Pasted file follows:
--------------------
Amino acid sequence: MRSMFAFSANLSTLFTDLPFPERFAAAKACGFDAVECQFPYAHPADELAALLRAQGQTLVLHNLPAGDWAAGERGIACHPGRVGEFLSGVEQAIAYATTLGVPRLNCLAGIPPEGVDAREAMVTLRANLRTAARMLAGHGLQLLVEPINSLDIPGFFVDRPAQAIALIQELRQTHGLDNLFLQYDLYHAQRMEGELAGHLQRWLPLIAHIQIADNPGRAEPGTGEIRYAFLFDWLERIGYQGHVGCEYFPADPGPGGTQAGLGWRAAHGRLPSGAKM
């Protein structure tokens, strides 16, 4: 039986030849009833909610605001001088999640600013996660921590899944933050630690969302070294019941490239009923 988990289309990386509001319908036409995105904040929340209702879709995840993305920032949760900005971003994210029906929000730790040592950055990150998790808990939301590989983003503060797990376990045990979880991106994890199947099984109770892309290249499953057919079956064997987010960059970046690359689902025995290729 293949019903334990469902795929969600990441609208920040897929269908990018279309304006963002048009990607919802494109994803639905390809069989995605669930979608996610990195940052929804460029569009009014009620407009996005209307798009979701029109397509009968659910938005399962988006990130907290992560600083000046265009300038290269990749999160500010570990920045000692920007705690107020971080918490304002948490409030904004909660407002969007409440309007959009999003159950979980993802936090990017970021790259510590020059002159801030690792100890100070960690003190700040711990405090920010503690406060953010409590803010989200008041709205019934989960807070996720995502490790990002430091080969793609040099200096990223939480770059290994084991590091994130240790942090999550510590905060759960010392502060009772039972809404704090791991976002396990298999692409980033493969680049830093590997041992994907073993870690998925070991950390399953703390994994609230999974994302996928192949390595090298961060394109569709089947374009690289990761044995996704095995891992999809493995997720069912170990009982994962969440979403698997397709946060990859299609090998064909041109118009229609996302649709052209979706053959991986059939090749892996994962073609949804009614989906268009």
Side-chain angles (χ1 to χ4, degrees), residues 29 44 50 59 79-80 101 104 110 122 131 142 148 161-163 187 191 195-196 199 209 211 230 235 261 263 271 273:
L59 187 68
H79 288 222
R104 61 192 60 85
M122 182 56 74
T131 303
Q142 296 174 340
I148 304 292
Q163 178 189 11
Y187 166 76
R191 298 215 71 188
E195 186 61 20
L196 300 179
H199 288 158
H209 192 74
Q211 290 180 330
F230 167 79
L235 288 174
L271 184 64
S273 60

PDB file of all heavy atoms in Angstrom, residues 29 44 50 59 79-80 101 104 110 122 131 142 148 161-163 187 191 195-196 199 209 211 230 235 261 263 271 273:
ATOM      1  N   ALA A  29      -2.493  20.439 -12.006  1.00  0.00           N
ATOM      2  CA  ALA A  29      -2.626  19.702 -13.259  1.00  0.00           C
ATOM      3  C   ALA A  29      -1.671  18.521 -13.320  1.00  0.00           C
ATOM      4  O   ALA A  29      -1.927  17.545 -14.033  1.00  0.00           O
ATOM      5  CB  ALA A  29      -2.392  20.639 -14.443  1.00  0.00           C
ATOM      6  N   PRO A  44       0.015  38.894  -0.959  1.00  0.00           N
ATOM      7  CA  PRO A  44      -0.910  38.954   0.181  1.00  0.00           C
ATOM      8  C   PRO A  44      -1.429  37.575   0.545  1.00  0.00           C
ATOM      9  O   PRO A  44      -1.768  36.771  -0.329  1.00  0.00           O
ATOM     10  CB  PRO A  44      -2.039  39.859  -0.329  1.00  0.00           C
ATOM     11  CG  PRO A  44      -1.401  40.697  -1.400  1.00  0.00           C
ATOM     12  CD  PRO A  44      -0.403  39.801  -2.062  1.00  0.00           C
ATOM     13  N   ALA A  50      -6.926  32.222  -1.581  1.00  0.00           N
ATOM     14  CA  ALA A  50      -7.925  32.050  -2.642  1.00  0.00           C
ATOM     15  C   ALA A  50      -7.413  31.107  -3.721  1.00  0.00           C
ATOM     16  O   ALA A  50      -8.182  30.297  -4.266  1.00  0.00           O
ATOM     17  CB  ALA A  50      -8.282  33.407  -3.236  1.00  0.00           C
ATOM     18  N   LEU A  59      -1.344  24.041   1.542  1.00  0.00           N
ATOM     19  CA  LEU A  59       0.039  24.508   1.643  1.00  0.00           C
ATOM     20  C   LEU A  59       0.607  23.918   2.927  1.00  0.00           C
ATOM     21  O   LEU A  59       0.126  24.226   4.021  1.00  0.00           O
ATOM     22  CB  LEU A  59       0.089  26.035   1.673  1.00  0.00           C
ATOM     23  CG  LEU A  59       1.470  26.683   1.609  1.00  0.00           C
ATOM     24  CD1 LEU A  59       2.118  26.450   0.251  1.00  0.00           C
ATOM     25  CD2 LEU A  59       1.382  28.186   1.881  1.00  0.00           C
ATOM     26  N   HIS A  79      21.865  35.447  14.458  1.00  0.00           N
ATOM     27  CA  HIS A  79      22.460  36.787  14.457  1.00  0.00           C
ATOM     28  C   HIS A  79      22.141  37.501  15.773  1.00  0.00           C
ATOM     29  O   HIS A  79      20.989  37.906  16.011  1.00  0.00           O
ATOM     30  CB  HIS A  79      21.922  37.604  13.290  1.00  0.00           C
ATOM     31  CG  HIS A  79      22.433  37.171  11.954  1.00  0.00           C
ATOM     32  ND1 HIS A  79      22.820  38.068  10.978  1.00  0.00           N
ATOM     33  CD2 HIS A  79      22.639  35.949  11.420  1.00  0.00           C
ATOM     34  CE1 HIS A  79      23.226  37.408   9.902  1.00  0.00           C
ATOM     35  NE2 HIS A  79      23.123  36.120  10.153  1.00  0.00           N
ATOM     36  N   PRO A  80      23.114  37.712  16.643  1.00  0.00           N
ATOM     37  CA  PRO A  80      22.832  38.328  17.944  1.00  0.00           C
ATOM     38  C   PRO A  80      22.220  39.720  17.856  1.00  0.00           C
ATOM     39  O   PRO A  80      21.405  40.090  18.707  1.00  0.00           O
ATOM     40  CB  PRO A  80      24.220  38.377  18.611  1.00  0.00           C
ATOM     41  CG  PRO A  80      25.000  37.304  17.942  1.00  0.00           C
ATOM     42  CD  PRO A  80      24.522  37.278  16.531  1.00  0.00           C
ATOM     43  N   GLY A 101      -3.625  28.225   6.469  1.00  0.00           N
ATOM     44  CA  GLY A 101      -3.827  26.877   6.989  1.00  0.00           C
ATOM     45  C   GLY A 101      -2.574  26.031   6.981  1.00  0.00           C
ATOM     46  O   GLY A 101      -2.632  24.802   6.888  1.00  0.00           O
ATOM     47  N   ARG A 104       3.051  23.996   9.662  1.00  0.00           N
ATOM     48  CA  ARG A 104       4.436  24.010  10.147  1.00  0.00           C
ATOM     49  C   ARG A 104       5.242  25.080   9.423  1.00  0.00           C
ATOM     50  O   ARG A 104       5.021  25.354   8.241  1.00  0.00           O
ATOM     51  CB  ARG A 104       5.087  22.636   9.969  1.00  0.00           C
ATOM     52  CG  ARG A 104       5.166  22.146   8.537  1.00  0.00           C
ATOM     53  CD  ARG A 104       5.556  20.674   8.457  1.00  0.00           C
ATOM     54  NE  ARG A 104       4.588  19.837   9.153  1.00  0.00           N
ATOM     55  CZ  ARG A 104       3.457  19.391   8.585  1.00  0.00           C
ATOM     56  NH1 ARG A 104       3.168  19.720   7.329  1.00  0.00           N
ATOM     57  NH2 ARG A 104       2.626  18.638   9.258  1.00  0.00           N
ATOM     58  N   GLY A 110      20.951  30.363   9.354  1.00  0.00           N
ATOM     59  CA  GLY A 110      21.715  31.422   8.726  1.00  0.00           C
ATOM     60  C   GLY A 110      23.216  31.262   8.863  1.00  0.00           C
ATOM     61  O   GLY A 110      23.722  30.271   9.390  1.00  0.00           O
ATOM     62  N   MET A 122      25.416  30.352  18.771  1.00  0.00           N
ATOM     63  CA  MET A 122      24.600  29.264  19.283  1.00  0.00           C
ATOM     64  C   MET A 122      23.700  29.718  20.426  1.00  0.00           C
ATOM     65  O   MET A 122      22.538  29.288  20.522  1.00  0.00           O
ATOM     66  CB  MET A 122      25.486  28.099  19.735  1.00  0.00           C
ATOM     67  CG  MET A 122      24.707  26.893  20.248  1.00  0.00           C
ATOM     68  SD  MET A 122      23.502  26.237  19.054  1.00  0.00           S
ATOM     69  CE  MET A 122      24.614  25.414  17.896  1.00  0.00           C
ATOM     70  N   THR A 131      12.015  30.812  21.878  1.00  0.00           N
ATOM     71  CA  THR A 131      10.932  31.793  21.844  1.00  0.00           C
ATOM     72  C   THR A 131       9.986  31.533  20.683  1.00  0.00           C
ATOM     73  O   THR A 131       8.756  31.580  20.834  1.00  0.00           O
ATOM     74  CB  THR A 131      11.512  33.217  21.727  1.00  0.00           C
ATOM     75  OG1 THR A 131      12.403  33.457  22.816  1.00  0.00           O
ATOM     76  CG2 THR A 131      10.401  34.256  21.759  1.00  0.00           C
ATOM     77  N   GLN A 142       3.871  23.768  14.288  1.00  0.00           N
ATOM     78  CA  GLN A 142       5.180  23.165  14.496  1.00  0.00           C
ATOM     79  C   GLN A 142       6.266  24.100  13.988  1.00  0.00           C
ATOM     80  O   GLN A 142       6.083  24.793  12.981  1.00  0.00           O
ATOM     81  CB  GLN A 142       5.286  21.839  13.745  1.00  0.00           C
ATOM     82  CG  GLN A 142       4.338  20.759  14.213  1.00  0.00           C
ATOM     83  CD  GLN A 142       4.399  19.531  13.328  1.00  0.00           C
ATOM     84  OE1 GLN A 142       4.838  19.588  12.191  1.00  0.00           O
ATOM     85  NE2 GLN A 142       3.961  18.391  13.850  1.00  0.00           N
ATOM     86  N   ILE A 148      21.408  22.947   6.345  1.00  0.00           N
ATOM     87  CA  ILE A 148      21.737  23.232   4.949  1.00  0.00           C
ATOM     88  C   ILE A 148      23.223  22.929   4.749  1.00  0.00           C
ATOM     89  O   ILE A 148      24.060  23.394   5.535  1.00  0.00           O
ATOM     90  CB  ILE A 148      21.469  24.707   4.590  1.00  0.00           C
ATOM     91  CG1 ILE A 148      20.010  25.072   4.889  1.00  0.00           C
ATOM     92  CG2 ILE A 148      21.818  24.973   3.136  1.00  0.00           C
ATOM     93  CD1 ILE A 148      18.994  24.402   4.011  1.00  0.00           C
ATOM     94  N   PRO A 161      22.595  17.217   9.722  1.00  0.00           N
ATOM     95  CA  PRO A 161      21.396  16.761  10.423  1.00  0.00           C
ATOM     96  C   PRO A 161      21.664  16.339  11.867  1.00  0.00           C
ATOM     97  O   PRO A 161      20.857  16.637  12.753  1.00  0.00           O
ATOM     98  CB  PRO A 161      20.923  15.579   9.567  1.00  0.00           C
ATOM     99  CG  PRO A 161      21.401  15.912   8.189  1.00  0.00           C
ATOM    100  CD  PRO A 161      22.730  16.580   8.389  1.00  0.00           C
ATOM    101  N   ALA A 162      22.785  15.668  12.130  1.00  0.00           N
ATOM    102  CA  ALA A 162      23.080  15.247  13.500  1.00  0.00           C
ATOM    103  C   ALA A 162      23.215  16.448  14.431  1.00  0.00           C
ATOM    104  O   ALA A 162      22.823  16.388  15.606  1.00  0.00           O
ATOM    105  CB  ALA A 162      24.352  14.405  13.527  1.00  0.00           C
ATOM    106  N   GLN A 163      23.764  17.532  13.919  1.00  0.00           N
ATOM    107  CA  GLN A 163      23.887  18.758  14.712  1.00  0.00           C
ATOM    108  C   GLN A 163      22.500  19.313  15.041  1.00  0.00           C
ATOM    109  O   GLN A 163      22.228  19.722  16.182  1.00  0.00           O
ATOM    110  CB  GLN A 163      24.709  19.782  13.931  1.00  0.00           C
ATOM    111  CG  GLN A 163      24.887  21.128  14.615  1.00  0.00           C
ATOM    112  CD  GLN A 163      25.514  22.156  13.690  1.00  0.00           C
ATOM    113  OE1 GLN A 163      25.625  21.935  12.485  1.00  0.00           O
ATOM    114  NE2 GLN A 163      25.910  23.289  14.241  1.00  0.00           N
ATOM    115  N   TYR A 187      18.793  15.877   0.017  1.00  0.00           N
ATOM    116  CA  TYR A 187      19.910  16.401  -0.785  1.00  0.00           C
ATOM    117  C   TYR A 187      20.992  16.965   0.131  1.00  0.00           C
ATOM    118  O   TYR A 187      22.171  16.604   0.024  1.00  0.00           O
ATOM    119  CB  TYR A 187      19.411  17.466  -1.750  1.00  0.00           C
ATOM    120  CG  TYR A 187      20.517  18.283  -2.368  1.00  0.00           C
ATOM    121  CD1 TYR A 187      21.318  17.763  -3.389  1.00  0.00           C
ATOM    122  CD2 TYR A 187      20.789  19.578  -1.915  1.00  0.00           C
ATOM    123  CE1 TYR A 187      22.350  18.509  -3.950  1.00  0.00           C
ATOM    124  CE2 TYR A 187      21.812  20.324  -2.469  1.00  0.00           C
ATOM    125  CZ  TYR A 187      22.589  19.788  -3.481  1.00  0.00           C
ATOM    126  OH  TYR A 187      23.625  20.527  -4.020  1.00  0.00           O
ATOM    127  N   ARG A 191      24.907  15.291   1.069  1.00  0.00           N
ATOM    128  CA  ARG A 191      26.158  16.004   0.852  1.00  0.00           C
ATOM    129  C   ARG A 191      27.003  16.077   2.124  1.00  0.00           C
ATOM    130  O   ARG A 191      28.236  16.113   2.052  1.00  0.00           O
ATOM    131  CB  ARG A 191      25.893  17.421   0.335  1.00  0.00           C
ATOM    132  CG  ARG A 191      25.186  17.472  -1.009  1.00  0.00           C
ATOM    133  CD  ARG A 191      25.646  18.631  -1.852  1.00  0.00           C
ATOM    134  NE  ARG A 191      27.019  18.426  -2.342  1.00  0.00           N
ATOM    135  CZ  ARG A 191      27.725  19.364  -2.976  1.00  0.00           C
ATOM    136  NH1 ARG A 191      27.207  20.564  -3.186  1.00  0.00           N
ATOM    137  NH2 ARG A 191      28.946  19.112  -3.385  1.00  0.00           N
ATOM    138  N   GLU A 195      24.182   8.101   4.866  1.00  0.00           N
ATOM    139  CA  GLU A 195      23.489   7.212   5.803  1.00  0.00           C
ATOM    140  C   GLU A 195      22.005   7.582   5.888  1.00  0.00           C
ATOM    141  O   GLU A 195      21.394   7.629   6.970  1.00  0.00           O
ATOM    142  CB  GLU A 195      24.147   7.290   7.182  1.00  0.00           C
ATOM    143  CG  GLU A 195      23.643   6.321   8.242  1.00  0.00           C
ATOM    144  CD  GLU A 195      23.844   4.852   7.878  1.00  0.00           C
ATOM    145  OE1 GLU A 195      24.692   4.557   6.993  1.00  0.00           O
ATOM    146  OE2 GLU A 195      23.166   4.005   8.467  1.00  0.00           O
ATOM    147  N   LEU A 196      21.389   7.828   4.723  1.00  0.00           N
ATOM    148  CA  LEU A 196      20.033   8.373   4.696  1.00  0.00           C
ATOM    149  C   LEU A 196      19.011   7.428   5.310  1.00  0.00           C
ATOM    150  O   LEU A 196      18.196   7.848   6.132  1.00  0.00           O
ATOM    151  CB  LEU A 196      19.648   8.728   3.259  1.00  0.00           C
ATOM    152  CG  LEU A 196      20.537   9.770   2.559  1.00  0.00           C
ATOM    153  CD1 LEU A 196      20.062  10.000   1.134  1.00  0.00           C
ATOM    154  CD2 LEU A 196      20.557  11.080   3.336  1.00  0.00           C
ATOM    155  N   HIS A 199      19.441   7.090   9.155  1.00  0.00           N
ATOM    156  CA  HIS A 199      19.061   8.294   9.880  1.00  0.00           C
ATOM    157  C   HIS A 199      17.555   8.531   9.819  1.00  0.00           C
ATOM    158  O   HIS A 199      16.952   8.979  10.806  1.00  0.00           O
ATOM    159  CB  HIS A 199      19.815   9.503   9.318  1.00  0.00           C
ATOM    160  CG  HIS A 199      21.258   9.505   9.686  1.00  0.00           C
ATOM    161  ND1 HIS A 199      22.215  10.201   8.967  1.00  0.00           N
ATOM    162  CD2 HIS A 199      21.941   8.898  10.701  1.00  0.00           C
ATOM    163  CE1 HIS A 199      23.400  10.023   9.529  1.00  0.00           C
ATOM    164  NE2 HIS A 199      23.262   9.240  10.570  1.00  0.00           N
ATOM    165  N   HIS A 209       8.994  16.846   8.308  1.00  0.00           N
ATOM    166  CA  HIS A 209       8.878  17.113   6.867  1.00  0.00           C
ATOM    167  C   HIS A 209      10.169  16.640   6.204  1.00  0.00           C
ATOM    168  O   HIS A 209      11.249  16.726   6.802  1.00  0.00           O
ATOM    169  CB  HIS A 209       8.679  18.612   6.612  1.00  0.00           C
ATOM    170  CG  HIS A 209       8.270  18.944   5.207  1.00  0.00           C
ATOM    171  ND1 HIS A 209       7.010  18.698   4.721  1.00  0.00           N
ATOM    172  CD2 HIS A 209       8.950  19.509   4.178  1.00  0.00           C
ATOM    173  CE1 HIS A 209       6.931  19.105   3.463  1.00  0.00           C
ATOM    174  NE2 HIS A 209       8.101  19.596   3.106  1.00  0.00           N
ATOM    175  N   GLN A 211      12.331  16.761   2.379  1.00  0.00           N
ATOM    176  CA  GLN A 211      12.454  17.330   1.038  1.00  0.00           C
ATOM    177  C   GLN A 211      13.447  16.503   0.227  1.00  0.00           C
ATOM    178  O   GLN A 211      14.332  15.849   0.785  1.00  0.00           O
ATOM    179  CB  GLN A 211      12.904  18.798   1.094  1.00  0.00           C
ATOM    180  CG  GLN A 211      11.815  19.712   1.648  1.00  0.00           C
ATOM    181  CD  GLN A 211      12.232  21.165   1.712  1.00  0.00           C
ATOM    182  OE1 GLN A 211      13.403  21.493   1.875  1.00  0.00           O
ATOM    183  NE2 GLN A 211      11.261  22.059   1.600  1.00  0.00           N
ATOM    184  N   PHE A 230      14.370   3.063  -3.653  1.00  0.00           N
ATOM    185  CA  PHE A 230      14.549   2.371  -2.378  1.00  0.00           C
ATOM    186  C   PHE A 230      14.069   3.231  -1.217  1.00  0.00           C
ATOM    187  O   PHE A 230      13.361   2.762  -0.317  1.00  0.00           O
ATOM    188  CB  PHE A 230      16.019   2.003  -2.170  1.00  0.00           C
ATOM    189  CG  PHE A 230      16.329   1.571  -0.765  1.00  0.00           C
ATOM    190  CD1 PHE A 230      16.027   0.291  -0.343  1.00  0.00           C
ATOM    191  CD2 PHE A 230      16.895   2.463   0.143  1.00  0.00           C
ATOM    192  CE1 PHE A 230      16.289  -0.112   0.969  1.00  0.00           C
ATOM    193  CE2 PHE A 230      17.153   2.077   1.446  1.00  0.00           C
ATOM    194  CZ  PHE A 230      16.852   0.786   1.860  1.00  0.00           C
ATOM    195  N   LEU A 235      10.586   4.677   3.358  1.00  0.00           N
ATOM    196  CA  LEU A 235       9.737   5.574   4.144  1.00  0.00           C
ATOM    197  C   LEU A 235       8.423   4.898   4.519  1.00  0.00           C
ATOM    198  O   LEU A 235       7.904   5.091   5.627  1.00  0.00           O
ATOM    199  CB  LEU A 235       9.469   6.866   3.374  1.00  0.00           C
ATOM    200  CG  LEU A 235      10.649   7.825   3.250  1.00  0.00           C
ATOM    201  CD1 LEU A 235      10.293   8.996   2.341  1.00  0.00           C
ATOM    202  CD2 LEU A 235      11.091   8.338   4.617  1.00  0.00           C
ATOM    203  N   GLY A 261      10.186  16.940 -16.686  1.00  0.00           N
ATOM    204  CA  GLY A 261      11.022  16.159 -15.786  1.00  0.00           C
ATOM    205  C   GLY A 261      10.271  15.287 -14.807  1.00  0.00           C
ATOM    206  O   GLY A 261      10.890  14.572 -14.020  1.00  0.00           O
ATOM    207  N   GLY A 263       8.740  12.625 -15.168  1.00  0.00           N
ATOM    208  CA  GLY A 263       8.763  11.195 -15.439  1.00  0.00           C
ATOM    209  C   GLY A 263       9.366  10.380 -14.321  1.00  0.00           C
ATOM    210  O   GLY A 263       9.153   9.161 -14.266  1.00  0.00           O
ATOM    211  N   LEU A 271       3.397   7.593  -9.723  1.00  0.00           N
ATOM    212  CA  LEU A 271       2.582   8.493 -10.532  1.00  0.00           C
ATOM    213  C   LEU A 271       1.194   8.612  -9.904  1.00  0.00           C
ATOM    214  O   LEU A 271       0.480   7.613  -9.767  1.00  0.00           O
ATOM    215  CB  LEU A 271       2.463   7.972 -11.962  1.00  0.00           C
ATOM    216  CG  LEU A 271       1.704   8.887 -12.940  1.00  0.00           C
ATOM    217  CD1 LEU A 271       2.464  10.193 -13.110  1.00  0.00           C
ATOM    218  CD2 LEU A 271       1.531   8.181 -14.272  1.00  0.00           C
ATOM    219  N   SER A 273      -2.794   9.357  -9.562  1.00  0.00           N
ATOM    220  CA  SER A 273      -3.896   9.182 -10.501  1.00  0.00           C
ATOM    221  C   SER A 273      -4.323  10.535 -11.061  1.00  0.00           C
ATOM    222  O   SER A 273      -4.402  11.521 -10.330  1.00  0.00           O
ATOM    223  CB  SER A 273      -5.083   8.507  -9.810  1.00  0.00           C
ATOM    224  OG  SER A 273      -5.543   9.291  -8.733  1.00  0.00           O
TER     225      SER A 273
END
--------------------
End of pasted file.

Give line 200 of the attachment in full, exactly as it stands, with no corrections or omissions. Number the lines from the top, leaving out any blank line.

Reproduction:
ATOM    177  C   GLN A 211      13.447  16.503   0.227  1.00  0.00           C